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Off The Grid puts the emphasis on local talent

“These are pretty trippy,” my friend said as we stood in the middle of the basement exhibit at the Beaverbrook Art Gallery.

Around us were various paintings; some collages, some basic geometric shapes, others playing with positive and negative space while others questioned what exactly a painting is.

The paintings seemed a little out of place at first — they don’t fit the mould of the formal, ancient-seeming style that many of the Beaverbrook’s permanent collection possess. But director and CEO Terry Graff explained that abstract art is much more a part of New Brunswick’s history than is often assumed.

“The first abstract painting was made over 100 years ago, but New Brunswick has been repressed,” he said.

While many books and professors focus on the main hubs of Canada when it comes to art, the smaller towns and provinces are often forgotten about. That is why this current exhibit, Off the Grid: Abstract Painting in New Brunswick, is so important to him.

“The aim is to trigger a rethinking of the standard narratives of Canadian art history and the cultural conditioning of stereotypical assumptions about the visual arts in New Brunswick,” Graff writes in the exhibit guide.

Abstract art, Graff says, challenges the viewer. There is a give and take that hopefully makes the person have to work to understand what is being conveyed.

While some more conventional styles may seem easier to look at, it is after viewing abstract art that you can go back and truly appreciate all the colours, textures and messages that are used in other art forms.

Take, for example, Dana O’Regan’s “3-D Art,” which includes twine and unravelled canvas, with paint dripped on top of it all to make a sculpture that looks like a net you would pull out of the ocean on your fishing boat.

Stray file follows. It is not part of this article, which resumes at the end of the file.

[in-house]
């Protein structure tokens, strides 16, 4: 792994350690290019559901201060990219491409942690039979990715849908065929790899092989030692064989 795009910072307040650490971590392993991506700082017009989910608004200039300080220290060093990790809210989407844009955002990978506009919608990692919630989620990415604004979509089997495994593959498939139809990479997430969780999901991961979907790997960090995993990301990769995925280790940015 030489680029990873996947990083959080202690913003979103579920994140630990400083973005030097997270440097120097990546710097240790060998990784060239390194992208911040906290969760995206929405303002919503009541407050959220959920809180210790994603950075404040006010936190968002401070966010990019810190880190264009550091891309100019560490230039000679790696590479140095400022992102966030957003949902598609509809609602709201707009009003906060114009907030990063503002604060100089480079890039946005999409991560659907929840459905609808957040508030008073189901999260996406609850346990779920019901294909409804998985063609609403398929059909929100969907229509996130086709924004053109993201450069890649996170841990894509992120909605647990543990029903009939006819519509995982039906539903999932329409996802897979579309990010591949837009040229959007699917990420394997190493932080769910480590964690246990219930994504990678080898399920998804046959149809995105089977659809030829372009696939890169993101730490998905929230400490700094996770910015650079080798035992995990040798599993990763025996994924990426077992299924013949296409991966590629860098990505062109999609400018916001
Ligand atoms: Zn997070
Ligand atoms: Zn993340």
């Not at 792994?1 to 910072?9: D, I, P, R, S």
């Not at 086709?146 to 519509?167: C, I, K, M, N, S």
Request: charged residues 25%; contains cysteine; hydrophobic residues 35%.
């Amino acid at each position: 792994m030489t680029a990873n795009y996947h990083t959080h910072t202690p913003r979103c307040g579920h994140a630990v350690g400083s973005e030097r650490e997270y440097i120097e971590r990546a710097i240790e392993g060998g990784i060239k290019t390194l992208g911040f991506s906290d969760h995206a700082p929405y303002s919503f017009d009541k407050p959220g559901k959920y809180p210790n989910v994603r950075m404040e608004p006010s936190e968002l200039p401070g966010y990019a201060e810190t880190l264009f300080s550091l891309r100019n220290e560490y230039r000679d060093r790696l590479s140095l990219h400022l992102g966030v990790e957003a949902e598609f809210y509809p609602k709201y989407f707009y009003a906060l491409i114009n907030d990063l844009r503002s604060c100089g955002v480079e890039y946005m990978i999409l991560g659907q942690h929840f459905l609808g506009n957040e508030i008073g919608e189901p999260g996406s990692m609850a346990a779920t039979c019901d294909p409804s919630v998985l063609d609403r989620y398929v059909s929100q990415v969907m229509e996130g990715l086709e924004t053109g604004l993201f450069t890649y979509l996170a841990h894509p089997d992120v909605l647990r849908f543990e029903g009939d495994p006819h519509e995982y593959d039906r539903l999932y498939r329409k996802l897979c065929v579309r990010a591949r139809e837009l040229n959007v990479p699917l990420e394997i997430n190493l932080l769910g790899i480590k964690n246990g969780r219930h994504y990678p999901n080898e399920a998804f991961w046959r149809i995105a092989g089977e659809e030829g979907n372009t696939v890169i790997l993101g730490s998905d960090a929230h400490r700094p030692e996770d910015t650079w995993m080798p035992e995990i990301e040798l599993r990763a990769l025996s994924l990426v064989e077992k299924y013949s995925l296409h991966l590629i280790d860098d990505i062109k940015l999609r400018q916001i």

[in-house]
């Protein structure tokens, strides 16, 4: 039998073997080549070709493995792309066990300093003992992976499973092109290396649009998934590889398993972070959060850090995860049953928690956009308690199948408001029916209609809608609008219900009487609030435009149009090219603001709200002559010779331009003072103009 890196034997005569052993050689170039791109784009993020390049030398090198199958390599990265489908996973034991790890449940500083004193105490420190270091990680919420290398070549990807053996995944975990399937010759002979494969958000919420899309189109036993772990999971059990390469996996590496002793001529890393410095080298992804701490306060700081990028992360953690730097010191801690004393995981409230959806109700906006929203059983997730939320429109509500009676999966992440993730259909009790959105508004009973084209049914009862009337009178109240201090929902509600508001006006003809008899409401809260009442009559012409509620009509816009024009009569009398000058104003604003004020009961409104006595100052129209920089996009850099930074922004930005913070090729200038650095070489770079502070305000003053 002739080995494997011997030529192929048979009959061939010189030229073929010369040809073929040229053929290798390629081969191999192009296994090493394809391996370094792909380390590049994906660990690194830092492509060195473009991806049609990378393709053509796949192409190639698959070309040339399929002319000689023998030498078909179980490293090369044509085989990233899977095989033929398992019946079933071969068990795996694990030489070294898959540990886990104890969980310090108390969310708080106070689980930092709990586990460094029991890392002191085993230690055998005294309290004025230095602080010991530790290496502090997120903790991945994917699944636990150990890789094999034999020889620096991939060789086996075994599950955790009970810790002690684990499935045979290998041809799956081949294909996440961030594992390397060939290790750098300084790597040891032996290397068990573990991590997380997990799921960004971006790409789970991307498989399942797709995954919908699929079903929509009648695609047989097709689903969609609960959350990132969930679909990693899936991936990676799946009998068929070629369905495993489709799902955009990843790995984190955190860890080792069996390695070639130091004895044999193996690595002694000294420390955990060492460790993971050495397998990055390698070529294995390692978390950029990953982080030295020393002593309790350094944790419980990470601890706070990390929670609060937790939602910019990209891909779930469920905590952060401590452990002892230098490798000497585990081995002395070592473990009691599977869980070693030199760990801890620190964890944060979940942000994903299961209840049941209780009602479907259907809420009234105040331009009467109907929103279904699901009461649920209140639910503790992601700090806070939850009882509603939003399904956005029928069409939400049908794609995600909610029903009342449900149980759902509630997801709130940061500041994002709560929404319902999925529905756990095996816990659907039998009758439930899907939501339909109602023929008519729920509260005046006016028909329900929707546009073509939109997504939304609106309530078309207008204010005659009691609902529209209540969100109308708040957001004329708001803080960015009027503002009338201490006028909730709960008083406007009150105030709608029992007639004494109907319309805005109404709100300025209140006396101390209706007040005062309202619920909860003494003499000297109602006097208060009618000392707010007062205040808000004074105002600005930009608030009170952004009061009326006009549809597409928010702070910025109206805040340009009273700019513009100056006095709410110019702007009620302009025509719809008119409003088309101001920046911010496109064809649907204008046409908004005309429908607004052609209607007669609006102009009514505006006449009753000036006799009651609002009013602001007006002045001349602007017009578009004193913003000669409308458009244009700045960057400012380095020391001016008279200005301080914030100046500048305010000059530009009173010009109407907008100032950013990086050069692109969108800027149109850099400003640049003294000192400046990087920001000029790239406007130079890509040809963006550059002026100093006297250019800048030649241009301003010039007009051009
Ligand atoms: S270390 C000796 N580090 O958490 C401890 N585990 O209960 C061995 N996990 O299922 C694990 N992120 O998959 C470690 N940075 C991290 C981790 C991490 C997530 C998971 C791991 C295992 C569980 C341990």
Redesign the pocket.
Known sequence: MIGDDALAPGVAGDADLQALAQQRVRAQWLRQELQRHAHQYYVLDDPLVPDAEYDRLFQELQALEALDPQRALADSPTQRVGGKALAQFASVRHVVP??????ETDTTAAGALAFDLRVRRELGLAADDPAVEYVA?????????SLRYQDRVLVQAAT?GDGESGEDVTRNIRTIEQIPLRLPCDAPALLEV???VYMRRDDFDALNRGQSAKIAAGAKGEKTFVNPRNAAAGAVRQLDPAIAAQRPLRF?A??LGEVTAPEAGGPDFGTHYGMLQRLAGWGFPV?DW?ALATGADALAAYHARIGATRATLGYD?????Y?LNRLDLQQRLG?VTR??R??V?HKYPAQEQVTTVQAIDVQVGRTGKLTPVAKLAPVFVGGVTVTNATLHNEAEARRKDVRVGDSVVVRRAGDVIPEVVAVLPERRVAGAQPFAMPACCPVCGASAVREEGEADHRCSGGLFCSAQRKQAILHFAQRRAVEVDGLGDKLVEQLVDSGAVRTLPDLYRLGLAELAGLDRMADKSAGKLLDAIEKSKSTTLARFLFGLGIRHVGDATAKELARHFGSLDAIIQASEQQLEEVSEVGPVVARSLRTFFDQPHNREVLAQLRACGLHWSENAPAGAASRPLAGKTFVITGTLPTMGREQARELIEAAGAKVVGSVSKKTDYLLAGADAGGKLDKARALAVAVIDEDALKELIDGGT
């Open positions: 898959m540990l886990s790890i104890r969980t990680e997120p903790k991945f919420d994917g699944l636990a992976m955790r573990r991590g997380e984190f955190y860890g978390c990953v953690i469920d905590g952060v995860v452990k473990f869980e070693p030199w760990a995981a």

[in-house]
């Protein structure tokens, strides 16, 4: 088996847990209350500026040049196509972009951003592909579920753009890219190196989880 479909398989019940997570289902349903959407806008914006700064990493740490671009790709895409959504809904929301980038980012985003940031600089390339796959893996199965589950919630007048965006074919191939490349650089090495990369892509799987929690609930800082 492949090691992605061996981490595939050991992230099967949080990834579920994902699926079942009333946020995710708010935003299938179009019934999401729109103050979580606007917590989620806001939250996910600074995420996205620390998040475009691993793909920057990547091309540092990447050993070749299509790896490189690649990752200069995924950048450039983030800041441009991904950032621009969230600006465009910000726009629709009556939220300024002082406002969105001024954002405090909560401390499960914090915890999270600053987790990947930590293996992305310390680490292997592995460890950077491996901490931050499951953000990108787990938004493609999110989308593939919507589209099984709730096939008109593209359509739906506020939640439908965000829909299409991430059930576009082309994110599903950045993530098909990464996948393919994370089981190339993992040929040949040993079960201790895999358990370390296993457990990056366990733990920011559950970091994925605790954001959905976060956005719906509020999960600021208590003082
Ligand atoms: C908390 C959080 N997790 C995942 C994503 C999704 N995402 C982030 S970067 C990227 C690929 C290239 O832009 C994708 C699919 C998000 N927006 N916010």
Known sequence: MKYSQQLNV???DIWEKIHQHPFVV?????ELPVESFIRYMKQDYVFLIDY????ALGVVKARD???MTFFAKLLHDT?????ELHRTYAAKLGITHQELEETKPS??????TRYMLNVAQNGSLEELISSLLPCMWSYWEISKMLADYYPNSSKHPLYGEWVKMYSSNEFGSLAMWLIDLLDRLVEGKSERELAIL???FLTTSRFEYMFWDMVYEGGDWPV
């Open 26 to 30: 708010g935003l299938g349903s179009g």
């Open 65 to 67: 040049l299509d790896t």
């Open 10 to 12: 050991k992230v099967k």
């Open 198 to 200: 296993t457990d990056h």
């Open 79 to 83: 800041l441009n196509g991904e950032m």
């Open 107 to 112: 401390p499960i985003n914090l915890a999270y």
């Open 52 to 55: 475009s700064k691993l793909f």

“For anyone who is curious about art and the visual, this exhibition is a great introduction,” said Graff.

As we walked around the exhibit, Graff’s enthusiasm was clear. In the guide he writes about “enriching life through art” and building a “stronger cultural landscape and identity for all the people of New Brunswick,” and while the idea is a nice one, most of the people in the exhibit were there because they liked the way the paintings looked.

Students filled the ground floor of the exhibit, talking about which ones were “cool” and which ones were their favourites. Some would stop to listen as Graff spoke, interested to get the back story on the paintings they were looking at.

Off the Grid and the reception that it has gotten shows that even if Graff’s mission of educating the rest of Canada on the talents in New Brunswick is still in the works, there are at least those in the province who are interested and willing when it comes to exploring the local arts scene. By looking at the past and present of art in New Brunswick, hopefully the exhibit isn’t just a celebration but also an inspiration.

Off the Grid: Abstract Painting in New Brunswick runs from June 26 to Sept. 14.

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